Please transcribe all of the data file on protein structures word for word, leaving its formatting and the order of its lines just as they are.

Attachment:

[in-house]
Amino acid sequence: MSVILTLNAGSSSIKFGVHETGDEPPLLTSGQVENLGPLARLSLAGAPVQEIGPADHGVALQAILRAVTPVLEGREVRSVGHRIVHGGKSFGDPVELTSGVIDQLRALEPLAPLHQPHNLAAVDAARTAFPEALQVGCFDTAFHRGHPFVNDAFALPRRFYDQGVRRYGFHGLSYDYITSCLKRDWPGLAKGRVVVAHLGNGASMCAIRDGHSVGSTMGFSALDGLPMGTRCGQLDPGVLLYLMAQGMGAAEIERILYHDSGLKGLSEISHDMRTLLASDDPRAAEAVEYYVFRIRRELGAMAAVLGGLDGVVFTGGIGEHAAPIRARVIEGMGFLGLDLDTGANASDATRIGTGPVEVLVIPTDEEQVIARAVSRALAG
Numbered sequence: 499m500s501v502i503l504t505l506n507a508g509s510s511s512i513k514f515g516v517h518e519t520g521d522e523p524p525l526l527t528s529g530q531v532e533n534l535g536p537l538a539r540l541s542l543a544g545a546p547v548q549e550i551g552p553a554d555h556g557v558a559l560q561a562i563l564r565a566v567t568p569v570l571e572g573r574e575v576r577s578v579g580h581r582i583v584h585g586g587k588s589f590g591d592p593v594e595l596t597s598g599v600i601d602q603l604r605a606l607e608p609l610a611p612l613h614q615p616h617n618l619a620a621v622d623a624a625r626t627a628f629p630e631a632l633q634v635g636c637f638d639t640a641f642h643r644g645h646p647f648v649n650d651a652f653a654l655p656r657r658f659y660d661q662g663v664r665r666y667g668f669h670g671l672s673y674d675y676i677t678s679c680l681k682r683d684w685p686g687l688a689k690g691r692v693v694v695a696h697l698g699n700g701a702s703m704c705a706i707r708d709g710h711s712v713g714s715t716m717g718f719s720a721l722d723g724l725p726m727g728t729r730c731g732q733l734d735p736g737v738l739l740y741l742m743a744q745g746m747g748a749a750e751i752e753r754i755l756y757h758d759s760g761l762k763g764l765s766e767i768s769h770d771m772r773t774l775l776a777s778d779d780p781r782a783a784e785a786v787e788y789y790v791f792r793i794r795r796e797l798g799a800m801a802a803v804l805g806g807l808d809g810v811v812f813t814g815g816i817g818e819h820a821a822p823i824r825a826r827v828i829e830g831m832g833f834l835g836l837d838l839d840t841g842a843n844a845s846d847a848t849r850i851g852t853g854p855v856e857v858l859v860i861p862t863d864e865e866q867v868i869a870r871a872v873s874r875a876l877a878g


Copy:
[in-house]
Amino acid sequence: MSVILTLNAGSSSIKFGVHETGDEPPLLTSGQVENLGPLARLSLAGAPVQEIGPADHGVALQAILRAVTPVLEGREVRSVGHRIVHGGKSFGDPVELTSGVIDQLRALEPLAPLHQPHNLAAVDAARTAFPEALQVGCFDTAFHRGHPFVNDAFALPRRFYDQGVRRYGFHGLSYDYITSCLKRDWPGLAKGRVVVAHLGNGASMCAIRDGHSVGSTMGFSALDGLPMGTRCGQLDPGVLLYLMAQGMGAAEIERILYHDSGLKGLSEISHDMRTLLASDDPRAAEAVEYYVFRIRRELGAMAAVLGGLDGVVFTGGIGEHAAPIRARVIEGMGFLGLDLDTGANASDATRIGTGPVEVLVIPTDEEQVIARAVSRALAG
Numbered sequence: 499m500s501v502i503l504t505l506n507a508g509s510s511s512i513k514f515g516v517h518e519t520g521d522e523p524p525l526l527t528s529g530q531v532e533n534l535g536p537l538a539r540l541s542l543a544g545a546p547v548q549e550i551g552p553a554d555h556g557v558a559l560q561a562i563l564r565a566v567t568p569v570l571e572g573r574e575v576r577s578v579g580h581r582i583v584h585g586g587k588s589f590g591d592p593v594e595l596t597s598g599v600i601d602q603l604r605a606l607e608p609l610a611p612l613h614q615p616h617n618l619a620a621v622d623a624a625r626t627a628f629p630e631a632l633q634v635g636c637f638d639t640a641f642h643r644g645h646p647f648v649n650d651a652f653a654l655p656r657r658f659y660d661q662g663v664r665r666y667g668f669h670g671l672s673y674d675y676i677t678s679c680l681k682r683d684w685p686g687l688a689k690g691r692v693v694v695a696h697l698g699n700g701a702s703m704c705a706i707r708d709g710h711s712v713g714s715t716m717g718f719s720a721l722d723g724l725p726m727g728t729r730c731g732q733l734d735p736g737v738l739l740y741l742m743a744q745g746m747g748a749a750e751i752e753r754i755l756y757h758d759s760g761l762k763g764l765s766e767i768s769h770d771m772r773t774l775l776a777s778d779d780p781r782a783a784e785a786v787e788y789y790v791f792r793i794r795r796e797l798g799a800m801a802a803v804l805g806g807l808d809g810v811v812f813t814g815g816i817g818e819h820a821a822p823i824r825a826r827v828i829e830g831m832g833f834l835g836l837d838l839d840t841g842a843n844a845s846d847a848t849r850i851g852t853g854p855v856e857v858l859v860i861p862t863d864e865e866q867v868i869a870r871a872v873s874r875a876l877a878g